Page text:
Though we may be bringing our physical Full Circle Concrete exhibition to a close, the next step for the project has only just begun.
To kick that off, last week our Manchester Studio hosted a talk and discussion with Nick Hurst of Manchester Metropolitan University's PrintCity, with opening address from Material Source materialist, Emily Bagshaw, to help determine how the Interreg North-West Europe CIRMAP project might evolve from here on out.
Our firm belief is that collaboration between education and industry is key to forging a more sustainable future for the built environment. And with that said, we were delighted to have so many academic, architecture and construction professionals join us, asking thought-provoking, and much needed questions, which will help push this research further.
Thank you to all those who came along to last week's event, and to Nick and the PrintCity team for sharing their innovative ideas with the wider community to help secure a more sustainable future for our buildings. Here's an overview of where the project currently is, and, with your input, some ideas as to where it could go next...
What is the CIRMAP project?
For anyone who couldn't join us at the event, PrintCity’s groundbreaking project, CIRMAP explores the architectural potential of concrete waste, excavated from construction sites across Europe. An Interreg North-West Europe funded project, Nick and his team focused on developing 3D printing mortars using Recycled Fine Aggregates (RFA).
To provide some context, in North-West Europe, 65 Mt of RFA is generated annually from demolition waste, whereas 54 Mt of sand is extracted from marine environments. Sand is the second most consumed natural resource on Earth. Therefore, using RFA as a substitute for sand would save on, and preserve, natural resources.
To demonstrate a successful application of RFA, partner organisations from the UK, France, Germany, The Netherlands, and Belgium - the CIRMAP consortium - developed a new mixture proportioning method with RFA, printing 25 customised street furniture designs, now installed in cities across North-West Europe. In the UK, this marks the first 3D print installation utilising RFA - with the resulting benches using 75% less material than precast concrete versions would.
If you've visited us at Material Source Studio Manchester over the last three months, you'll have likely spotted some of these pieces in situ in our Gallery.
What could be next for 3D printed concrete utilising RFA?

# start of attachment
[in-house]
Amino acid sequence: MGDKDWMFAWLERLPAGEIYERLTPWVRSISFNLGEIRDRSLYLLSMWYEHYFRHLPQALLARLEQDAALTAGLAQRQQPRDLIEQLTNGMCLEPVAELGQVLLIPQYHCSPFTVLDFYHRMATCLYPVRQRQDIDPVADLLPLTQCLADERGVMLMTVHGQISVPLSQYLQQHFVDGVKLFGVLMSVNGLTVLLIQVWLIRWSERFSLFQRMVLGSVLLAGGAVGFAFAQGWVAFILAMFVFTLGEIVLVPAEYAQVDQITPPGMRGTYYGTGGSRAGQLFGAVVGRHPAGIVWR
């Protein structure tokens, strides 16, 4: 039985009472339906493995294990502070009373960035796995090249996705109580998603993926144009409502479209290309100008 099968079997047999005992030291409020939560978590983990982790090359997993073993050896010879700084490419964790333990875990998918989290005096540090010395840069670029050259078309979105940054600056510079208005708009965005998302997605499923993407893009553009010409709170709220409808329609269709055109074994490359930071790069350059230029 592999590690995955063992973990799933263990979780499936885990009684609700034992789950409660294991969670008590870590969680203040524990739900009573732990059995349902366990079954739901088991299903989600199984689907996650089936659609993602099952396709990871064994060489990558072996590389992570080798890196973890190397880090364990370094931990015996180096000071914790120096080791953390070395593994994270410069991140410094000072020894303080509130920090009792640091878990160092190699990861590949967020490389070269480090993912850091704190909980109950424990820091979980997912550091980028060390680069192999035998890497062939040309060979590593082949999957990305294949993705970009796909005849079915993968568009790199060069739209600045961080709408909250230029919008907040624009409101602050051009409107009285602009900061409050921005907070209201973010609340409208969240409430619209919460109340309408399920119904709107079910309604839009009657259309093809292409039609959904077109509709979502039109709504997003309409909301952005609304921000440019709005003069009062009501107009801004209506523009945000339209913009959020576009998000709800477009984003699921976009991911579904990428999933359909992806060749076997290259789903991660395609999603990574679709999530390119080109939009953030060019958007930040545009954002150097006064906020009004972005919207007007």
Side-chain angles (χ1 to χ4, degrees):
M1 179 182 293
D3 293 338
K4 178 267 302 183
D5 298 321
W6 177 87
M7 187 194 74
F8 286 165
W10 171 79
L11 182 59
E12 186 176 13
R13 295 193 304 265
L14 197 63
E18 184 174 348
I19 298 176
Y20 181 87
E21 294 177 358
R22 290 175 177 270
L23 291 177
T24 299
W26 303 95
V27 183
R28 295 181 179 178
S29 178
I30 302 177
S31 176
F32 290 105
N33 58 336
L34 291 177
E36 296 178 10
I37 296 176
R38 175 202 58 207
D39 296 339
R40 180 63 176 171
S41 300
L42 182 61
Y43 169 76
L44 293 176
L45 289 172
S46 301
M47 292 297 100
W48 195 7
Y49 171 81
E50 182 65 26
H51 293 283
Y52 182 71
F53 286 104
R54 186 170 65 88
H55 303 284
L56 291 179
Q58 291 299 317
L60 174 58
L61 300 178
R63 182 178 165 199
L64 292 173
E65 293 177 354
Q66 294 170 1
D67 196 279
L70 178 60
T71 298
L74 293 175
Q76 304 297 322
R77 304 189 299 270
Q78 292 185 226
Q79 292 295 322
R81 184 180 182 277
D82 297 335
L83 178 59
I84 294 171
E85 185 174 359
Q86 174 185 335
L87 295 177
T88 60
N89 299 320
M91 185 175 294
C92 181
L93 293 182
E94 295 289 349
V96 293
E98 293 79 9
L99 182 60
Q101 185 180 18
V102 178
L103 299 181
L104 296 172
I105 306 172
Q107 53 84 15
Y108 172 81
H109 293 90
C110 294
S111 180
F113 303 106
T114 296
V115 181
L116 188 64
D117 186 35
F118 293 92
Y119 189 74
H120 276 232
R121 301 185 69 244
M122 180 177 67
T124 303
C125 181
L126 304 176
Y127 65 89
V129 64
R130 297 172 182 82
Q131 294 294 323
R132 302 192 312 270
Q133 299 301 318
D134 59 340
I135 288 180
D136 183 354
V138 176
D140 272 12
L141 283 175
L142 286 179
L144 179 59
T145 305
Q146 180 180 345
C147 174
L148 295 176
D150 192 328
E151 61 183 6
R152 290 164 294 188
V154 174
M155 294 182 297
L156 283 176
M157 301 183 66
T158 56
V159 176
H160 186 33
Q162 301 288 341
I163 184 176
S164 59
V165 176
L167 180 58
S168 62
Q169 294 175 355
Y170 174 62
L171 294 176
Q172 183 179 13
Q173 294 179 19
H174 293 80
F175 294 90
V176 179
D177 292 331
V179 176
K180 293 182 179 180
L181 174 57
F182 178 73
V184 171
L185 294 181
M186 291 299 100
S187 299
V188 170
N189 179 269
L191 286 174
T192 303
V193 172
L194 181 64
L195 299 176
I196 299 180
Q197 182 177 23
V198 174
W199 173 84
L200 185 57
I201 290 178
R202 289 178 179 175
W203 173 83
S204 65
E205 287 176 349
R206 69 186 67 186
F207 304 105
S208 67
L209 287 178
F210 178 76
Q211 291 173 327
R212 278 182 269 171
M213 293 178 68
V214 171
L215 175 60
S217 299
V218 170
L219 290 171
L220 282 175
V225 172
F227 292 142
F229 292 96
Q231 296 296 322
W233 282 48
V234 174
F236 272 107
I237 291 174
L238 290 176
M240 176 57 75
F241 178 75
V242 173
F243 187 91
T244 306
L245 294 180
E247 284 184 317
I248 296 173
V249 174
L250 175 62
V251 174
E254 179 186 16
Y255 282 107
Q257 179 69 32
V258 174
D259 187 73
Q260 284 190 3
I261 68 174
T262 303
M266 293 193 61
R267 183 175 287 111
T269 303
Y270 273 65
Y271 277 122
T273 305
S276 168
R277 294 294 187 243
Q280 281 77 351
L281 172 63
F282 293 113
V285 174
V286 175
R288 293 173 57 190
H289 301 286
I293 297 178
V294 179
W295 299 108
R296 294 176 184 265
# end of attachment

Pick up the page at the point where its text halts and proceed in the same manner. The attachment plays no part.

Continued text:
In his talk, Nick highlighted that 3D printing is already becoming more commonplace as a method of faster, and more sustainable construction in the built environment, using this new housing development in Accrington, Lancashire, as a prime example.
In what will be a UK-first, 46 eco-homes have been given the green light, to be built by not-for-profit housing developer Building for Humanity, in partnership with Harcourt Technologies. As well as enhancing logistical efficiency, such as on-site times, with printing only requiring a matter of weeks due to the ability to build walls up to 500% faster than using conventional methods, waste is also said to be reduced - contributing to a more sustainably-sound project overall. Nick signified a huge opportunity for using the RFA mix in the construction of affordable housing schemes such as this.
In the utilities sector, a 3D printed water chamber has been created by ChangeMaker3D for use by United Utilities to support them on the road to Net Zero. Again, highlighting a potential use for this new waste-based mixture.
And considering a more infinite scale for the possibilities of 3D printing generally, Nick added that some of PrintCity's partners have been working with the European Space Agency on the development of moon bases - "humans will be returning to the moon, but this time they'll be 3D printing with the materials that they find there", commented Nick.
Can a fully circular future be achieved for concrete on a mass scale?
PrintCity was set up as a collaborative entity, partnering with like-minded peers to expand the possibilities of a more sustainable future for our built environment. While the CIRMAP project has resulted in a greatly successful, and highly applicable outcome for 3D printed concrete made using RFA, Nick acknowledges, there is more yet to explore.
With this in mind, PrintCity's material researchers are now looking into more sustainable alternatives for cement, while investigating other waste streams for incorporating into the material mix. In addition, Nick explained the team is looking at how their insights can inform the demolition waste management process from the start in terms of separation and sorting. Further testing is also being conducted to ascertain the longevity of the material, plus the amount of times it can be crushed and re-used.
Are you interested in supporting the development of fully circular concrete? If so, Nick and the PrintCity team would love to hear from you. And if you're using 3D print to contribute to a more circular future for the built environment, please let us know - Material Source is dedicated to facilitating these crucial development-enhancing discussions around the complex topic of sustainability in our sector, and beyond.